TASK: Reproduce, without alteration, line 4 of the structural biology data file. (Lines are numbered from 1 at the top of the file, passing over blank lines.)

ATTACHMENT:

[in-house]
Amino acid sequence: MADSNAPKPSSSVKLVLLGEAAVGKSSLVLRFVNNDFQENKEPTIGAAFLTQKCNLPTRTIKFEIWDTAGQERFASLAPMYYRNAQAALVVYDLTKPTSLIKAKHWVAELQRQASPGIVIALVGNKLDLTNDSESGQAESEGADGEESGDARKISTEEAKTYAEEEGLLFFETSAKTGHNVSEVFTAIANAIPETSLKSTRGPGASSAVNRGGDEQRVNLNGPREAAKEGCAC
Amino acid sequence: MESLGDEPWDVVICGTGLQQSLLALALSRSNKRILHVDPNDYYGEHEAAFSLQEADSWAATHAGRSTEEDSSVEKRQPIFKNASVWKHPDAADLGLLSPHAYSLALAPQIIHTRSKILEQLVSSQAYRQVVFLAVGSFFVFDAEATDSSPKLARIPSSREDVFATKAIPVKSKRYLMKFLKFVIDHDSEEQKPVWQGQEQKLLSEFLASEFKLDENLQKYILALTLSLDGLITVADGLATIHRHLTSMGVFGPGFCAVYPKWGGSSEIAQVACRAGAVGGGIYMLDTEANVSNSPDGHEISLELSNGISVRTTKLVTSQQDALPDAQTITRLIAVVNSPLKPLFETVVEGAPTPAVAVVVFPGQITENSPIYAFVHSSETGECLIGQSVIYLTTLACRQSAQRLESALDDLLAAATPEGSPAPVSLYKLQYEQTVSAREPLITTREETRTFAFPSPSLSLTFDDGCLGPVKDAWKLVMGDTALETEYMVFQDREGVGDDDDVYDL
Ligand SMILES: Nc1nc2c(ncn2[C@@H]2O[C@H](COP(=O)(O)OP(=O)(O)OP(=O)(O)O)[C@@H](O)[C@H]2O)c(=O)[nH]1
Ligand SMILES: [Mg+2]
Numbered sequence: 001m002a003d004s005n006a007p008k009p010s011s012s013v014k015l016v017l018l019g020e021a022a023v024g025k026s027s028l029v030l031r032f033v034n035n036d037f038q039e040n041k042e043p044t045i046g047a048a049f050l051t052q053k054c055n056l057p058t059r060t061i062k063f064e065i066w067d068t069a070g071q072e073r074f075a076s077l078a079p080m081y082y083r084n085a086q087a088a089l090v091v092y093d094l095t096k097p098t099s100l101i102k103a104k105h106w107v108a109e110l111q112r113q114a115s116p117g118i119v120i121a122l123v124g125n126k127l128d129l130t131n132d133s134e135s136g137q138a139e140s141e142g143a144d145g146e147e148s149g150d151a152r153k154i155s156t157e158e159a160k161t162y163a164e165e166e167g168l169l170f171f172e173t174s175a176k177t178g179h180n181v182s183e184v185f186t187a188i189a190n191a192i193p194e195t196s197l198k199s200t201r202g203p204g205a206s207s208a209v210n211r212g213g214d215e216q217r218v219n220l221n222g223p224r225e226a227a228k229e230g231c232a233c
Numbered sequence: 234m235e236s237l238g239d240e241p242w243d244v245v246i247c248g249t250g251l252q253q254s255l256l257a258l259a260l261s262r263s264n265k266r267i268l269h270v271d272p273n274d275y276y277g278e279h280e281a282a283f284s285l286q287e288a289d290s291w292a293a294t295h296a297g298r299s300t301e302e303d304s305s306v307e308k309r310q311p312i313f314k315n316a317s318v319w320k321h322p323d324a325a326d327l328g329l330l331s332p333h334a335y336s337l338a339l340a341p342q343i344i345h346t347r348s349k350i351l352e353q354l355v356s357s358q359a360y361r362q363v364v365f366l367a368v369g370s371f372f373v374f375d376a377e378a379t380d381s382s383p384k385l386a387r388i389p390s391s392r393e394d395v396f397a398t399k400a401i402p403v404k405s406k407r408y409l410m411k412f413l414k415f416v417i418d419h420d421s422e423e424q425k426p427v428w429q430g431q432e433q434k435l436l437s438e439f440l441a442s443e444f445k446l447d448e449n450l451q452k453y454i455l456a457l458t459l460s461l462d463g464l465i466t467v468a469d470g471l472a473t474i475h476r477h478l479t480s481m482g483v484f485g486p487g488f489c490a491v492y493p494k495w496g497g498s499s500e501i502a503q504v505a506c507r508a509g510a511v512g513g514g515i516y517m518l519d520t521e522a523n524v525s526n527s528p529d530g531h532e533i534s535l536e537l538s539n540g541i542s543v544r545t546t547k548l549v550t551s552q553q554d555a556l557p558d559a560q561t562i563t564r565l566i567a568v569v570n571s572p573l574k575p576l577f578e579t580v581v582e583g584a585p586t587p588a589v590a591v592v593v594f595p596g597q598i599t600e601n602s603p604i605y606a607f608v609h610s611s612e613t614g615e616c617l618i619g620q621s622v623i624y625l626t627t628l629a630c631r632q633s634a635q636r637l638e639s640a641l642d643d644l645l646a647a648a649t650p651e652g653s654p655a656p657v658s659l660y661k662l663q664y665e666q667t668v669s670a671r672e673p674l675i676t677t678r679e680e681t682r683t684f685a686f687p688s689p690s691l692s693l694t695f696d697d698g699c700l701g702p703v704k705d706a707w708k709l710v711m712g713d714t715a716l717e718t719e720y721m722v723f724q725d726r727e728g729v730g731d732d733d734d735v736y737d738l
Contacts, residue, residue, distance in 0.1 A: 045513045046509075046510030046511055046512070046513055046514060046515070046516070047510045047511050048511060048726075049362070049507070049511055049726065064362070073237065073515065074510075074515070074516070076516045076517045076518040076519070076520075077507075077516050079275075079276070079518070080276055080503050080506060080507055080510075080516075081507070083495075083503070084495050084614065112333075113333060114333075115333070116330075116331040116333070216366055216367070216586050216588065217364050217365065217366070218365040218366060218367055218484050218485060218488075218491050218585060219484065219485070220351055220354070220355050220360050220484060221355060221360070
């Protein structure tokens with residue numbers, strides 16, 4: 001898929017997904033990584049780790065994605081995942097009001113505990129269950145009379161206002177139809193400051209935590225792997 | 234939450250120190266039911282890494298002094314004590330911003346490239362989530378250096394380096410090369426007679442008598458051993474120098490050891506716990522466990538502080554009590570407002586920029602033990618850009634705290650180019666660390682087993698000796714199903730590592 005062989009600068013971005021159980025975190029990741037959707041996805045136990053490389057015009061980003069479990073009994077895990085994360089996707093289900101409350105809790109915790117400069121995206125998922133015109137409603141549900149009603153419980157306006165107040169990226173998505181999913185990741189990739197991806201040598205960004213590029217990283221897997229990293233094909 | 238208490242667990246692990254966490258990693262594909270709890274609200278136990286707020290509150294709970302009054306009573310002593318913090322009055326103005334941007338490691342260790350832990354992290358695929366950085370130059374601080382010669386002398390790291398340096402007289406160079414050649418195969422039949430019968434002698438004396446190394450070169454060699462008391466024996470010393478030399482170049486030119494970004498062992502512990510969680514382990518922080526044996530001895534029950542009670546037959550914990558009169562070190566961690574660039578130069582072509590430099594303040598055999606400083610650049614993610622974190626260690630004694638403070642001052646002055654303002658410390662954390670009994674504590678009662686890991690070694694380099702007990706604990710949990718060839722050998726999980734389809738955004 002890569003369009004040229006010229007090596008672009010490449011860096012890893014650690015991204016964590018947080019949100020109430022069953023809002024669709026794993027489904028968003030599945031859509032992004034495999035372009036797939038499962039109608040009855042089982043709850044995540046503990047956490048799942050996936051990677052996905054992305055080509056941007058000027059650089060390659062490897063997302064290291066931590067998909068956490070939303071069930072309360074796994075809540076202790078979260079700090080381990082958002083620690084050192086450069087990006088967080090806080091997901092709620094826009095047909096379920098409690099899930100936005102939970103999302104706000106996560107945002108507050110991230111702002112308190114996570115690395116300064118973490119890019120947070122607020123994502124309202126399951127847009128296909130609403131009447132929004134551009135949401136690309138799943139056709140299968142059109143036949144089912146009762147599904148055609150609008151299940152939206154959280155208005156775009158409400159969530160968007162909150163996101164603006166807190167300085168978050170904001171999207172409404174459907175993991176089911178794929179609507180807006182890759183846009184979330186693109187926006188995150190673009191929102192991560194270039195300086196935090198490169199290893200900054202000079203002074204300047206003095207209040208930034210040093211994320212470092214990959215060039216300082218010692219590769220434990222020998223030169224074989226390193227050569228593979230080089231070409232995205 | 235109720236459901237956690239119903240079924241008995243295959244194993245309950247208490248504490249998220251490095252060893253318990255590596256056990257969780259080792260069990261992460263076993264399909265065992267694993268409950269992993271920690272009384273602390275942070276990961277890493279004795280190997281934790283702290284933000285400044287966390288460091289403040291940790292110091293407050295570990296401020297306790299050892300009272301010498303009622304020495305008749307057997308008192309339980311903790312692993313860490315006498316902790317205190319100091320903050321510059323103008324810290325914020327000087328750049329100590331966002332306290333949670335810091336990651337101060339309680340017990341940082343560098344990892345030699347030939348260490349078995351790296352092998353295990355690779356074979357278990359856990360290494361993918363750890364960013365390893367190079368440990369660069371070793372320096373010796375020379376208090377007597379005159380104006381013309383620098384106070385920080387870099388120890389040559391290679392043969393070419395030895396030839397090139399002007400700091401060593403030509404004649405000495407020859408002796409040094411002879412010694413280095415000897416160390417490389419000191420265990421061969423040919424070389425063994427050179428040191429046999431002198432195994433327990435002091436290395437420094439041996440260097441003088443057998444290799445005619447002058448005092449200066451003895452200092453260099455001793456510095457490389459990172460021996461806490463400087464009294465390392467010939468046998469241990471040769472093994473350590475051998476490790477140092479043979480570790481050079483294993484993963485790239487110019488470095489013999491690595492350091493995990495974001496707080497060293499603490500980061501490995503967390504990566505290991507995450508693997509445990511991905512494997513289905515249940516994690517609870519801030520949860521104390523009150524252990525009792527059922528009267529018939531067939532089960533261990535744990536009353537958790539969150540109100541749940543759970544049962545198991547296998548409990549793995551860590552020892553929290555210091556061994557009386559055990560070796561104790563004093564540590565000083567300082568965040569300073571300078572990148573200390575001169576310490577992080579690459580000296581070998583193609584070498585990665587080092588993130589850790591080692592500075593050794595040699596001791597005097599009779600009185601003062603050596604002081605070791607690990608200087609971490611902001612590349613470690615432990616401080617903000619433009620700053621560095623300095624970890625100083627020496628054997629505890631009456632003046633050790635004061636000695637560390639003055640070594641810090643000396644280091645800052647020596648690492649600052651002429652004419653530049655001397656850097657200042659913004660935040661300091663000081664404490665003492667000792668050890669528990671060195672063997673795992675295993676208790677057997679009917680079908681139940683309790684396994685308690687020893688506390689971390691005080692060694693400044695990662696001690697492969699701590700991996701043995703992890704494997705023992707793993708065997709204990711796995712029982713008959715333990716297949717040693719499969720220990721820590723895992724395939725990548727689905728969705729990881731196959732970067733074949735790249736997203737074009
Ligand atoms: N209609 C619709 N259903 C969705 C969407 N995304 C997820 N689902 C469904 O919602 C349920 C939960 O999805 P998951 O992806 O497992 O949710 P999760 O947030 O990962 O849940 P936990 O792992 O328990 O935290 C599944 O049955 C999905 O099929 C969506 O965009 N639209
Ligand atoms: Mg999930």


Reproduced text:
Ligand SMILES: Nc1nc2c(ncn2[C@@H]2O[C@H](COP(=O)(O)OP(=O)(O)OP(=O)(O)O)[C@@H](O)[C@H]2O)c(=O)[nH]1